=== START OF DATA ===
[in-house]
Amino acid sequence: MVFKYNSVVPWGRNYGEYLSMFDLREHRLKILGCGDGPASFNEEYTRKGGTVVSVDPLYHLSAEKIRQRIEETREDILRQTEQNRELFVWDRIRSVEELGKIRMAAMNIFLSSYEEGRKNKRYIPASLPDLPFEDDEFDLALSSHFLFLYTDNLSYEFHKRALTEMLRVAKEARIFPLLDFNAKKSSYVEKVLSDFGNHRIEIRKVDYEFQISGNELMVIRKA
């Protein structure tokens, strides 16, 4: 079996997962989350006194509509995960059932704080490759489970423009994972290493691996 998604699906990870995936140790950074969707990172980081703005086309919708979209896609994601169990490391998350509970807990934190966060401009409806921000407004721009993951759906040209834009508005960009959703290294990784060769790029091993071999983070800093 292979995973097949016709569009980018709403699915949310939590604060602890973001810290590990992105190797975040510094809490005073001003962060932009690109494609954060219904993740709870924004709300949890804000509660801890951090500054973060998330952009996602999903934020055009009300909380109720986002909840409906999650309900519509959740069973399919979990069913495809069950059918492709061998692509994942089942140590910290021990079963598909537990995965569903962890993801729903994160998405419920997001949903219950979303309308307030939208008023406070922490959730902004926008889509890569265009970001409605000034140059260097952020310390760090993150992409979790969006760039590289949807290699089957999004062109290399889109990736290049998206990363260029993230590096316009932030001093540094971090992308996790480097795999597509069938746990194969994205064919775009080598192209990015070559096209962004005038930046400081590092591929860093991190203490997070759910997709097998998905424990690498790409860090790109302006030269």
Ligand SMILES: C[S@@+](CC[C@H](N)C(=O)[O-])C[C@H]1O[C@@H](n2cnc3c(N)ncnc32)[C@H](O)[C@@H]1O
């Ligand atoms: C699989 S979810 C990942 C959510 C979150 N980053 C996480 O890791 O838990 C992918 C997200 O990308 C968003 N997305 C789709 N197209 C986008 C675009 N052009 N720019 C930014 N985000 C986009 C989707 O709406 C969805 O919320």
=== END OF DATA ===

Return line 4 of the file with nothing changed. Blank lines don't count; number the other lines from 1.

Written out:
Ligand SMILES: C[S@@+](CC[C@H](N)C(=O)[O-])C[C@H]1O[C@@H](n2cnc3c(N)ncnc32)[C@H](O)[C@@H]1O